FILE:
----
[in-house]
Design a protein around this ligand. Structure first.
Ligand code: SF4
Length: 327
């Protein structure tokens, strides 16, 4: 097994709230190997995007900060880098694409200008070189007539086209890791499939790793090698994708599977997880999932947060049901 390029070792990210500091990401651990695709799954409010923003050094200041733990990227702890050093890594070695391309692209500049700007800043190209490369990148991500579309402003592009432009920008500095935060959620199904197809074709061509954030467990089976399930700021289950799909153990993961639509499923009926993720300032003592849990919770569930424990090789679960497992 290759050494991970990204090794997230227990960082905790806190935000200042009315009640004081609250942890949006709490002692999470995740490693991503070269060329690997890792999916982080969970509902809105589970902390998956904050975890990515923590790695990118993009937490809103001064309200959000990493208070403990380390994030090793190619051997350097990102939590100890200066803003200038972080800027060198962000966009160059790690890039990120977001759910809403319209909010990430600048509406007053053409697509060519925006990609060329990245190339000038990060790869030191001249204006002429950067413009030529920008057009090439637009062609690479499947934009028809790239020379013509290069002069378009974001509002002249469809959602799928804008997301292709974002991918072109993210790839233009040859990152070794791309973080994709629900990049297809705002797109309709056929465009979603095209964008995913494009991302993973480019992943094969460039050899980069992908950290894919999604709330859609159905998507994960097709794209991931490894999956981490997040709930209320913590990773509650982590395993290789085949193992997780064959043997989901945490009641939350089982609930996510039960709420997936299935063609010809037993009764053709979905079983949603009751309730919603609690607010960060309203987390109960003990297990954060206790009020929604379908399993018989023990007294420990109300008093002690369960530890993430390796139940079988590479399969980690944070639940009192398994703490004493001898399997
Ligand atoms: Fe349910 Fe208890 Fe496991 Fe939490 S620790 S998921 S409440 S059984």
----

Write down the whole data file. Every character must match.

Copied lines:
[in-house]
Design a protein around this ligand. Structure first.
Ligand code: SF4
Length: 327
């Protein structure tokens, strides 16, 4: 097994709230190997995007900060880098694409200008070189007539086209890791499939790793090698994708599977997880999932947060049901 390029070792990210500091990401651990695709799954409010923003050094200041733990990227702890050093890594070695391309692209500049700007800043190209490369990148991500579309402003592009432009920008500095935060959620199904197809074709061509954030467990089976399930700021289950799909153990993961639509499923009926993720300032003592849990919770569930424990090789679960497992 290759050494991970990204090794997230227990960082905790806190935000200042009315009640004081609250942890949006709490002692999470995740490693991503070269060329690997890792999916982080969970509902809105589970902390998956904050975890990515923590790695990118993009937490809103001064309200959000990493208070403990380390994030090793190619051997350097990102939590100890200066803003200038972080800027060198962000966009160059790690890039990120977001759910809403319209909010990430600048509406007053053409697509060519925006990609060329990245190339000038990060790869030191001249204006002429950067413009030529920008057009090439637009062609690479499947934009028809790239020379013509290069002069378009974001509002002249469809959602799928804008997301292709974002991918072109993210790839233009040859990152070794791309973080994709629900990049297809705002797109309709056929465009979603095209964008995913494009991302993973480019992943094969460039050899980069992908950290894919999604709330859609159905998507994960097709794209991931490894999956981490997040709930209320913590990773509650982590395993290789085949193992997780064959043997989901945490009641939350089982609930996510039960709420997936299935063609010809037993009764053709979905079983949603009751309730919603609690607010960060309203987390109960003990297990954060206790009020929604379908399993018989023990007294420990109300008093002690369960530890993430390796139940079988590479399969980690944070639940009192398994703490004493001898399997
Ligand atoms: Fe349910 Fe208890 Fe496991 Fe939490 S620790 S998921 S409440 S059984």